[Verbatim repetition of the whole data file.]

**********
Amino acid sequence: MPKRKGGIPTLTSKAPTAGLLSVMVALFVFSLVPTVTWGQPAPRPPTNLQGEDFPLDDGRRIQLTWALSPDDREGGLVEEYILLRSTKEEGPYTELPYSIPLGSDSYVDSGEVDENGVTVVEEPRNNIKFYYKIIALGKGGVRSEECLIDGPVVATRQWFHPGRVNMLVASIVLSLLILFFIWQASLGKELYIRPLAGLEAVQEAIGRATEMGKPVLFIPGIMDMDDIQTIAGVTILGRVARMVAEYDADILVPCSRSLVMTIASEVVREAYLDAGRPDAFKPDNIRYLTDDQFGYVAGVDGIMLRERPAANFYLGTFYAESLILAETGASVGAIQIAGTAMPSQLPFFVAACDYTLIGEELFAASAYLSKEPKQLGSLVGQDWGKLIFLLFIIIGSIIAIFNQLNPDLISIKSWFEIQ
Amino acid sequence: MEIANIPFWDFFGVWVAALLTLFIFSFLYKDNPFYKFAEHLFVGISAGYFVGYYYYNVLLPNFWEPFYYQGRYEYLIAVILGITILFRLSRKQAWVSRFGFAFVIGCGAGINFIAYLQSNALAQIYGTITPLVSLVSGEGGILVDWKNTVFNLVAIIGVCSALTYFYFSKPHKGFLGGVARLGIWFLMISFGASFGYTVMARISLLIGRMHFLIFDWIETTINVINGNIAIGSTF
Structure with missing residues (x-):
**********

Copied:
Amino acid sequence: MPKRKGGIPTLTSKAPTAGLLSVMVALFVFSLVPTVTWGQPAPRPPTNLQGEDFPLDDGRRIQLTWALSPDDREGGLVEEYILLRSTKEEGPYTELPYSIPLGSDSYVDSGEVDENGVTVVEEPRNNIKFYYKIIALGKGGVRSEECLIDGPVVATRQWFHPGRVNMLVASIVLSLLILFFIWQASLGKELYIRPLAGLEAVQEAIGRATEMGKPVLFIPGIMDMDDIQTIAGVTILGRVARMVAEYDADILVPCSRSLVMTIASEVVREAYLDAGRPDAFKPDNIRYLTDDQFGYVAGVDGIMLRERPAANFYLGTFYAESLILAETGASVGAIQIAGTAMPSQLPFFVAACDYTLIGEELFAASAYLSKEPKQLGSLVGQDWGKLIFLLFIIIGSIIAIFNQLNPDLISIKSWFEIQ
Amino acid sequence: MEIANIPFWDFFGVWVAALLTLFIFSFLYKDNPFYKFAEHLFVGISAGYFVGYYYYNVLLPNFWEPFYYQGRYEYLIAVILGITILFRLSRKQAWVSRFGFAFVIGCGAGINFIAYLQSNALAQIYGTITPLVSLVSGEGGILVDWKNTVFNLVAIIGVCSALTYFYFSKPHKGFLGGVARLGIWFLMISFGASFGYTVMARISLLIGRMHFLIFDWIETTINVINGNIAIGSTF
Structure with missing residues (x-):